Sunday, August 14, 2016

Spring Green Preserve 7August2016

It's been one week since I visited Spring Green Preserve. The task of photo editing has fallen to the wayside... BUT I resolve not to allow another series of photos lay to waste in the digital darkness of my home drive!

Monarda punctata
Spring Green Preserve, I had not been there all of July. It was time to visit. I was badly in need of a good cardio workout climbing to the top of the bluff not to mention there are always some interesting critters and plants to see along the way. I also figured I had a shot at seeing a Blue Grosbeak since they've been reported breeding here this summer. So I packed my carryout lunch from the Spring Green General Store and was off. My plan was lunch at the top.

Three to four hours later, beyond the robberflies, Punctured Tiger Beetles and Blue Grosbeak, I finally reached the top of the bluff where I ate a very late lunch. That's just how it goes when you visit this place. There's lots of the whimsical distractions to investigate en route to the bluff top.

The desert was predominantly blooming with Monarda punctata (aka. Spotted beebalm, Spotted horsemint) and what I believe was False Sunflower (it's hard to feel compelled to photograph flowers that are my least favorite color, yellow) though I can't be certain since I didn't investigate the plants.

Monarda punctata
On the insect front, Punctured Tiger Beetles (Cicindela punctulata) were numerous along the entire prairie trail. Punctata and brain paired these similar terms wondering if the "Puncs" often peak together.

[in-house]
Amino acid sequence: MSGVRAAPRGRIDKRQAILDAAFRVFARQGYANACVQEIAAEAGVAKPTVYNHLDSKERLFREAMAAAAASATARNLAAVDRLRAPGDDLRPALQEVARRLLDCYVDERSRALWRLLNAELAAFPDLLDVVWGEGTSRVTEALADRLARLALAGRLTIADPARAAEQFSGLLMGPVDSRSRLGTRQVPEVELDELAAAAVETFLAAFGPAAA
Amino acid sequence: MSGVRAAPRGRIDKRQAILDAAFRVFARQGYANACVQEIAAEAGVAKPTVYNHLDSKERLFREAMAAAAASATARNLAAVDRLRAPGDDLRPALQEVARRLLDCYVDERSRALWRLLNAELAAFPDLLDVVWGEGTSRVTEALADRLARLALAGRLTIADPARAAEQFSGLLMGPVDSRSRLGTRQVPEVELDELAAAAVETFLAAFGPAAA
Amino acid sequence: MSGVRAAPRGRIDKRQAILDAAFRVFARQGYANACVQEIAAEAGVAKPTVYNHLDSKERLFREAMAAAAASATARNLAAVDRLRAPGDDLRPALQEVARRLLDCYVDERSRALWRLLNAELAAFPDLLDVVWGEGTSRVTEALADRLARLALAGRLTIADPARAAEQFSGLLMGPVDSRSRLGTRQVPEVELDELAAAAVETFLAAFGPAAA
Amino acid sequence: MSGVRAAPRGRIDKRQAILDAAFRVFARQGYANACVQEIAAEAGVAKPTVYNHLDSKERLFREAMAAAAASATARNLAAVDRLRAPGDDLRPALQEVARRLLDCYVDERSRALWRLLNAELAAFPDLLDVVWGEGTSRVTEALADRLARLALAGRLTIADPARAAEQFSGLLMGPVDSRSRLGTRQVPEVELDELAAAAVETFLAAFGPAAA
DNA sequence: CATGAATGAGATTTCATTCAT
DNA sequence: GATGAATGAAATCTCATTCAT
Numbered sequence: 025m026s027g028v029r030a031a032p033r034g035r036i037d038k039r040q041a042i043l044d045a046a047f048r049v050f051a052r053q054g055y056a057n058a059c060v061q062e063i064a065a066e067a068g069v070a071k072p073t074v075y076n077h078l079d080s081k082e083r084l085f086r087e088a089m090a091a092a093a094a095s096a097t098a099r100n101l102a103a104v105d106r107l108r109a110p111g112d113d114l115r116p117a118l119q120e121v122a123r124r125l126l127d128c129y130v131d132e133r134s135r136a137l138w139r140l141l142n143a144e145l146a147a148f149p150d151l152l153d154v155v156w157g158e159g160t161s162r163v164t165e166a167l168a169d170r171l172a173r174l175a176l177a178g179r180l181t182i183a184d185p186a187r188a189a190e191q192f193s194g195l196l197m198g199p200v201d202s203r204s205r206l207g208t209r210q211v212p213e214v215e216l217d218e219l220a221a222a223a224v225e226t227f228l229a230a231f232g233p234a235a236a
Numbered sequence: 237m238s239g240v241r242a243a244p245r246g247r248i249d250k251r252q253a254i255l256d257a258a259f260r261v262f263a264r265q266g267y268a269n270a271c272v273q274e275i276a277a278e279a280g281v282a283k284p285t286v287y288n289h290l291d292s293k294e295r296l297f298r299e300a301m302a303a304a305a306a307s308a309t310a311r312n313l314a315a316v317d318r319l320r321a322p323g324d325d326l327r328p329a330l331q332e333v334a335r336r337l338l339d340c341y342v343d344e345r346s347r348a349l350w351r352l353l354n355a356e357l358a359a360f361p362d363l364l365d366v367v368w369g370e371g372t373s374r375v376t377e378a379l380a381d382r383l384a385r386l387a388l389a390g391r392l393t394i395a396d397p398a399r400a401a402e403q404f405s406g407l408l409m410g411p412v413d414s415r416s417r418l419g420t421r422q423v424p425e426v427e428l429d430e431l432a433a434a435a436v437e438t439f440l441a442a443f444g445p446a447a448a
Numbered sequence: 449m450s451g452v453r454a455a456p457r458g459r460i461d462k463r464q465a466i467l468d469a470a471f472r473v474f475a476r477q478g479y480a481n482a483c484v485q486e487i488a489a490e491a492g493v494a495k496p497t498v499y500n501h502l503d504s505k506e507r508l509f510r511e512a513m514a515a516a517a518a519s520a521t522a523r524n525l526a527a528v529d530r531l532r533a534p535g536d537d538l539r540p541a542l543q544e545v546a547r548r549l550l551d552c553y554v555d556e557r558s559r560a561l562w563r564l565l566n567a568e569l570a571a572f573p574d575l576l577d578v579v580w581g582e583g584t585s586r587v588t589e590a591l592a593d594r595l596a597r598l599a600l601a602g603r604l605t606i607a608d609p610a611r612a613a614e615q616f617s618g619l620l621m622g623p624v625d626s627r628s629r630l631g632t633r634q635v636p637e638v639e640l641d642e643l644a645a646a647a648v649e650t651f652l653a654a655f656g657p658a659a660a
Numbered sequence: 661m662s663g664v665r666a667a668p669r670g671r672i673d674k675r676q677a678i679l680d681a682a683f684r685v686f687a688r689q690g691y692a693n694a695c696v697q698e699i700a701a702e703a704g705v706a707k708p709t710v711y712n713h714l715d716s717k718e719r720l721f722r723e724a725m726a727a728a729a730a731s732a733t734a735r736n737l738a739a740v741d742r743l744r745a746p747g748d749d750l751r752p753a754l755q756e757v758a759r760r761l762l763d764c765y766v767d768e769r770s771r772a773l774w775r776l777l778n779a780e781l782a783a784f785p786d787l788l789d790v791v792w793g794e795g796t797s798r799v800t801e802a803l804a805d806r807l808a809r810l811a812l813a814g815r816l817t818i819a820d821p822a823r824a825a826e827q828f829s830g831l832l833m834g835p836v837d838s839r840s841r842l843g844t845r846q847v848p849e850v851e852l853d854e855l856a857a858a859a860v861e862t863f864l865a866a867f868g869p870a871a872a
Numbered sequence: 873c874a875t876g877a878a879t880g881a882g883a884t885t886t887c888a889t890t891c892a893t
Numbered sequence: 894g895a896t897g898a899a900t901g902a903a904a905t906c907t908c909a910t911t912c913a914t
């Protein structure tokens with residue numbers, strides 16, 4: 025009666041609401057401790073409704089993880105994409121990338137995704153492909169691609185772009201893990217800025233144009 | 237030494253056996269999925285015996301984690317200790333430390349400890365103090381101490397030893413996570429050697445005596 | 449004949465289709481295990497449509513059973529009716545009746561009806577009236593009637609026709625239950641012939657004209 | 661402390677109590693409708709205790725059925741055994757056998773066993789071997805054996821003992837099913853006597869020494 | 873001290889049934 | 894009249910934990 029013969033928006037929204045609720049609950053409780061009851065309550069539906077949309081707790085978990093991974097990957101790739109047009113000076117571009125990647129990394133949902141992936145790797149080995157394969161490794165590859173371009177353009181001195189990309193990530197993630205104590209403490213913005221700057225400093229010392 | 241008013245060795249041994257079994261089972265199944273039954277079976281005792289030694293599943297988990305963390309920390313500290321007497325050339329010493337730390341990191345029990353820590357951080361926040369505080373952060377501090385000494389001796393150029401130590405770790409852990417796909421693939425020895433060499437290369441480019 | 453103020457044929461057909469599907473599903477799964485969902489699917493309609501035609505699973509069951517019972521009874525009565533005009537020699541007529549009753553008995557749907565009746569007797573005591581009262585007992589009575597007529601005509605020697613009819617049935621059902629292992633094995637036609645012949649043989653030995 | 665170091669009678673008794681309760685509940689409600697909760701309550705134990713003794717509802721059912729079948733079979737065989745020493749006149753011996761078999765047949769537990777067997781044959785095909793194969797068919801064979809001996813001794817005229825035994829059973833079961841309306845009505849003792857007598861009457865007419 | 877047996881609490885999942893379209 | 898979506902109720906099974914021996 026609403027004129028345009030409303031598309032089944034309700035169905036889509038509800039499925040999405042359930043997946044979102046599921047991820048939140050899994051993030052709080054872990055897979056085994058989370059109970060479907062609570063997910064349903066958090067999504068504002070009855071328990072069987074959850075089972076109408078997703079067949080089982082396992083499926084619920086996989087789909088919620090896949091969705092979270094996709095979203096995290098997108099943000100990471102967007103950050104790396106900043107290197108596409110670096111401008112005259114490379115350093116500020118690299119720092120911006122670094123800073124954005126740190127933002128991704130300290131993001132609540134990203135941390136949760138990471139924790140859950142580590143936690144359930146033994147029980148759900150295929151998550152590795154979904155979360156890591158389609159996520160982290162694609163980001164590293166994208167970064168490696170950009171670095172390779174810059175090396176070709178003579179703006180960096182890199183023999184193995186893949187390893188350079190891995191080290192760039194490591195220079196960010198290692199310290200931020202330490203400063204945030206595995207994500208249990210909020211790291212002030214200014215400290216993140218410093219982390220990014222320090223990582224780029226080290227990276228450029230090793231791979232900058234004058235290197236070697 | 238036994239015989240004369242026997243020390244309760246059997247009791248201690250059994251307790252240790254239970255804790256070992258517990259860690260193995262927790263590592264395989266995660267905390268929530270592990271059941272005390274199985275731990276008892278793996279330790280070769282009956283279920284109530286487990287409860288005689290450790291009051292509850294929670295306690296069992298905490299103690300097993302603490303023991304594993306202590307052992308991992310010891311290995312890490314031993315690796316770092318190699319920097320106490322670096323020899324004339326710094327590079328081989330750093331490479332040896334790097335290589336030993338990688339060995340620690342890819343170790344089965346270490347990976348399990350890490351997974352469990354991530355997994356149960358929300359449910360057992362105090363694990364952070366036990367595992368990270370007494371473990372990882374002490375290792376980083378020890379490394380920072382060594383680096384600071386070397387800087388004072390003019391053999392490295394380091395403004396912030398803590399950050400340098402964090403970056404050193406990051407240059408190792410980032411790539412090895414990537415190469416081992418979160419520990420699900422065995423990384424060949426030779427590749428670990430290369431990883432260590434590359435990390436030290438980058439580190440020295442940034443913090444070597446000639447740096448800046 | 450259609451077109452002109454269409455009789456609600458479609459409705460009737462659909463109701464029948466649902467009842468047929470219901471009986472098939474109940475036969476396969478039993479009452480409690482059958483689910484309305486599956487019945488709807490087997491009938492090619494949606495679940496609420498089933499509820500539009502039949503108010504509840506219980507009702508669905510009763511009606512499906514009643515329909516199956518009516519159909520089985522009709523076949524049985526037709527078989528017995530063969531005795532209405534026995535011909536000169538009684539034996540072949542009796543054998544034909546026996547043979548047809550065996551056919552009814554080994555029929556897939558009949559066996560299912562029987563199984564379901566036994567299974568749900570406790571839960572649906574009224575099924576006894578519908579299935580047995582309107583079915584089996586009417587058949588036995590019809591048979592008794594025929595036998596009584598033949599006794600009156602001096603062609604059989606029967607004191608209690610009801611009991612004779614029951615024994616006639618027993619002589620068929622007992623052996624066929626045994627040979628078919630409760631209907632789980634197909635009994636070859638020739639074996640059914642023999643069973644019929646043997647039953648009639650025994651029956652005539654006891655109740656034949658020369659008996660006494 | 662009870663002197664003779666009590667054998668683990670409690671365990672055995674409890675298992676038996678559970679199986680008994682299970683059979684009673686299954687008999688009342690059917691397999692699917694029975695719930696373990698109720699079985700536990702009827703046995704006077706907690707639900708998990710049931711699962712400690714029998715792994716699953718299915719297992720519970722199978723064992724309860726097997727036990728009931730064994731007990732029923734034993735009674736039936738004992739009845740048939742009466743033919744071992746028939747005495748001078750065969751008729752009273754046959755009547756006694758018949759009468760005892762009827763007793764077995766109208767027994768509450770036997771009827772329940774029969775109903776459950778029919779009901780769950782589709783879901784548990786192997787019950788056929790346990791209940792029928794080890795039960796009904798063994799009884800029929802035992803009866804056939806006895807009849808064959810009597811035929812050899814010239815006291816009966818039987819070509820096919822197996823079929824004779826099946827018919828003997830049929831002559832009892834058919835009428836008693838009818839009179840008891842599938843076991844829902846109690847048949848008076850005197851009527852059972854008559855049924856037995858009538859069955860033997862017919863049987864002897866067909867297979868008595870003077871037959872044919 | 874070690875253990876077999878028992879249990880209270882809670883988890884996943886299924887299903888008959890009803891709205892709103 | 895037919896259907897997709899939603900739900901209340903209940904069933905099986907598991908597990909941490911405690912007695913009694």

Punctured Tiger Beetle (Cicindela punctulata)

Eastern Tailed-blues were also present.

Eastern Tailed-blue (female) Butterfly
A jumping spider made an appearance too.

Whorled milkweed, Hoary Vervain and Prairie Tick-trefoil were still blooming. The latter two were past their peak.Having not been out in the right habitat this summer, the tick trefoil was the first I'd seen this year.

Prairie Tick-trefoil
Hoary Vervain
At the eastern edge of the prairie the Blue Grosbeak was easily detected.

Blue Grosbeak in challenging light (I could not get the colors correct!)
Proctacanthella cacopiliga robberflies were more numerous than any of large robberflies I've encountered before at Spring Green or really anywhere. At least 10-12 individuals easily flushed from the trail.

Proctacanthella cacopiliga with prey
Several were mating, including three engaged in an apparent ménage à trois. At first glance the three motionless flies had me thinking they were dead. I examined them more closely concluding they must be mating. But they remained so lifeless I went back to thinking they were dead and wondering what could have caused their demise. However, upon motioning toward them with a stick, I was startled by their explosive buzzing departure. I witnessed further equally explosive behavior by this species. I observed a male aggressively knock an in-flight female to the ground to copulate. It struck me as being a rather violent way to mate. Enter Jane's Addition's Ted, Just Admit It as the soundtrack for this part of my walk..."Sex is violent..."

Robberfly ménage à trois, Who knew?
Five o'clock must have been the insect mating hour. The Punctured Tiger Beetles were also engaged in making connections too!

Mating Punctured Tiger Beetles
I did not anticipate being out in the prairie so late in the day. But five and a half  hours later, there I was and so were the blooming Prairie Fame-flowers, a mystical succulent-appearing plant known for exhibiting its bloom in the last few hours of the day.

Each bloom lasts just for one day...And that was the tune I had in my head as I headed home from another glorious day in the desert prairie..."we can be heroes, just for one day..."

Prairie Fame-flower